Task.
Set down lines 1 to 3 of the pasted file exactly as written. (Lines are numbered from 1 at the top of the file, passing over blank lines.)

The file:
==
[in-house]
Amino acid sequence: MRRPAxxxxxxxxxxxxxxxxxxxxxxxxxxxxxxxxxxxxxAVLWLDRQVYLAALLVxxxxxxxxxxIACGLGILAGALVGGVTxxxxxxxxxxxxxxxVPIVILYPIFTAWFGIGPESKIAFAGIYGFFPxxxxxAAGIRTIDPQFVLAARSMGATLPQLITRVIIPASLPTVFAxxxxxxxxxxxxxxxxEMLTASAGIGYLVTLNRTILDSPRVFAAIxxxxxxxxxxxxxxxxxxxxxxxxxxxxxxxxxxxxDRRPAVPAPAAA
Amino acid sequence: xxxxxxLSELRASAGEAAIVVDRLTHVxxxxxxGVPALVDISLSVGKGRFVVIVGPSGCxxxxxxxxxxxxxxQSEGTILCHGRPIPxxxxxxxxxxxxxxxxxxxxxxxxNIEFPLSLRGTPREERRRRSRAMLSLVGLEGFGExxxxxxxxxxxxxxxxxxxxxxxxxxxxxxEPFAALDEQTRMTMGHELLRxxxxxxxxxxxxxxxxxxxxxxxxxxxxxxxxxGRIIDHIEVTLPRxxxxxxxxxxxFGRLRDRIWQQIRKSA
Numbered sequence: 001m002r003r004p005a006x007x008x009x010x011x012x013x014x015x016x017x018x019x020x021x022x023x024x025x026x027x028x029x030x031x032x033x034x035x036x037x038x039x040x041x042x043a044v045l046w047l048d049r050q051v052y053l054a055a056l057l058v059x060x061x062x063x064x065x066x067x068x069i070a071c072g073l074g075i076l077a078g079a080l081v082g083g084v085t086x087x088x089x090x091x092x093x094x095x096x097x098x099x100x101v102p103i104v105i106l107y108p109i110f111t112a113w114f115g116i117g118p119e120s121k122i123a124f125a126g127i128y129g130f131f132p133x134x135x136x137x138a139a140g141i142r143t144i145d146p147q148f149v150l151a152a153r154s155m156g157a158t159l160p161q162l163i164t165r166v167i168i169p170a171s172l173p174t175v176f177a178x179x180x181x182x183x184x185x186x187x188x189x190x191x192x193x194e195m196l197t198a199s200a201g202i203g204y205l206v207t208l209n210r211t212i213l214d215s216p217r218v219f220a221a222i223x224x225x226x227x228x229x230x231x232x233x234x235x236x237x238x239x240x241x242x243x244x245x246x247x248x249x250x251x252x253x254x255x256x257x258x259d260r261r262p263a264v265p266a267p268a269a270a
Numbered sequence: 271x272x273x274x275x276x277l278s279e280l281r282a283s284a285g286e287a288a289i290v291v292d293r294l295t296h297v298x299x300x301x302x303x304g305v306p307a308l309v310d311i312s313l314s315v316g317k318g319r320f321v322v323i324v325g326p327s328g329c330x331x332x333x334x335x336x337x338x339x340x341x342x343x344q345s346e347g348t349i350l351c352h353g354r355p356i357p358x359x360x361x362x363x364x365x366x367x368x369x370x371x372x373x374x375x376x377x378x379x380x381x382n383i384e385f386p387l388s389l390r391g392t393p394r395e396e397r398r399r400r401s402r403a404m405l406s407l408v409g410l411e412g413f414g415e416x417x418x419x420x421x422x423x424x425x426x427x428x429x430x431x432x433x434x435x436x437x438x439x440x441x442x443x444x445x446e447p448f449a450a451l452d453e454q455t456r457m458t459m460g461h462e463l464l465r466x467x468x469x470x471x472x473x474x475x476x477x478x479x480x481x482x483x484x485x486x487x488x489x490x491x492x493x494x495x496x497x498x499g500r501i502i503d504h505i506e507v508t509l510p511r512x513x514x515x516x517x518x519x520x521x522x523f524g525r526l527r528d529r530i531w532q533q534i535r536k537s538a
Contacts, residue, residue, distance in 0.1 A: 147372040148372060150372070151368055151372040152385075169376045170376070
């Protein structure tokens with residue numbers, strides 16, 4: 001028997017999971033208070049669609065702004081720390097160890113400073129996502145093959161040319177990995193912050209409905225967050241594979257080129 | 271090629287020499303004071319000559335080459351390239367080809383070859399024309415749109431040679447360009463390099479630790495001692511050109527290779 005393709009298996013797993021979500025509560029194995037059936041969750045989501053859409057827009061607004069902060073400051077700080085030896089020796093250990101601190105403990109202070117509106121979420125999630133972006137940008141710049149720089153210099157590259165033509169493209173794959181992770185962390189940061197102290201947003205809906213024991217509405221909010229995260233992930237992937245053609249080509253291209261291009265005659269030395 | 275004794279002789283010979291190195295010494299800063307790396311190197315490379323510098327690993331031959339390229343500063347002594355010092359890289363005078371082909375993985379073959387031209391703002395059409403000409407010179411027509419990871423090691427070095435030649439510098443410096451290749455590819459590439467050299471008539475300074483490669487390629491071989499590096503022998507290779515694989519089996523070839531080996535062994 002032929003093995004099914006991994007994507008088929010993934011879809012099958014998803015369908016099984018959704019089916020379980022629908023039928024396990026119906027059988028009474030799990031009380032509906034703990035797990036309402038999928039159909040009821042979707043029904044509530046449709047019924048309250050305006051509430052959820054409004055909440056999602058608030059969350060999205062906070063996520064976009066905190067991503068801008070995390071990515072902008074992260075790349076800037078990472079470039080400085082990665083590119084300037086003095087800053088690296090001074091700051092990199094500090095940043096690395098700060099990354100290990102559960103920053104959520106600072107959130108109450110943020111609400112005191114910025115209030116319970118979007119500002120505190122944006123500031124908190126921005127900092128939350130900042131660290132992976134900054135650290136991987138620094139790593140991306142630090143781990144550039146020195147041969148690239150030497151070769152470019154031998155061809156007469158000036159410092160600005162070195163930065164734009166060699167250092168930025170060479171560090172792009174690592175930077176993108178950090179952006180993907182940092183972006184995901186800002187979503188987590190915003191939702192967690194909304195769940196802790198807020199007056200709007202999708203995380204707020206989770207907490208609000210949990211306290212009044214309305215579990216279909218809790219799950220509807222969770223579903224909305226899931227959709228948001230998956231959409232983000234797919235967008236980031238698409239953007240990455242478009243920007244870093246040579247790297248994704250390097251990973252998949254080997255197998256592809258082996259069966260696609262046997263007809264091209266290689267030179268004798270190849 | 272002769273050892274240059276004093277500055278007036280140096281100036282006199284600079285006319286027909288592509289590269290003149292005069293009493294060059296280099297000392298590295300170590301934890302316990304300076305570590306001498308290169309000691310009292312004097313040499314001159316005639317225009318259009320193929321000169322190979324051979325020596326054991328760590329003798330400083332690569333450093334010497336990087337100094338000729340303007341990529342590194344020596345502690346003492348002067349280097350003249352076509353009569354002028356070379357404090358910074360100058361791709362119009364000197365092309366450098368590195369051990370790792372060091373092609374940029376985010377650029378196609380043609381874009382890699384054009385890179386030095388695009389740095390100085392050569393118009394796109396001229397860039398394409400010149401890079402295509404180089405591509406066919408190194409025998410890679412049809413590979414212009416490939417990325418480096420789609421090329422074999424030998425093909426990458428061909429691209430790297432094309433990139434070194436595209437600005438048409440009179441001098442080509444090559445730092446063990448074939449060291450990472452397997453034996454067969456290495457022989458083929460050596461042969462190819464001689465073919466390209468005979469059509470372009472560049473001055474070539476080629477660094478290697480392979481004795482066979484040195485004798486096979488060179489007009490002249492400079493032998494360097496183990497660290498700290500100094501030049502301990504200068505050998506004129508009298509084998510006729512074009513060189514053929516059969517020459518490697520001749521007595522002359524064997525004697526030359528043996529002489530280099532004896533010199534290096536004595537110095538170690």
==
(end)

[in-house]
Amino acid sequence: MRRPAxxxxxxxxxxxxxxxxxxxxxxxxxxxxxxxxxxxxxAVLWLDRQVYLAALLVxxxxxxxxxxIACGLGILAGALVGGVTxxxxxxxxxxxxxxxVPIVILYPIFTAWFGIGPESKIAFAGIYGFFPxxxxxAAGIRTIDPQFVLAARSMGATLPQLITRVIIPASLPTVFAxxxxxxxxxxxxxxxxEMLTASAGIGYLVTLNRTILDSPRVFAAIxxxxxxxxxxxxxxxxxxxxxxxxxxxxxxxxxxxxDRRPAVPAPAAA
Amino acid sequence: xxxxxxLSELRASAGEAAIVVDRLTHVxxxxxxGVPALVDISLSVGKGRFVVIVGPSGCxxxxxxxxxxxxxxQSEGTILCHGRPIPxxxxxxxxxxxxxxxxxxxxxxxxNIEFPLSLRGTPREERRRRSRAMLSLVGLEGFGExxxxxxxxxxxxxxxxxxxxxxxxxxxxxxEPFAALDEQTRMTMGHELLRxxxxxxxxxxxxxxxxxxxxxxxxxxxxxxxxxGRIIDHIEVTLPRxxxxxxxxxxxFGRLRDRIWQQIRKSA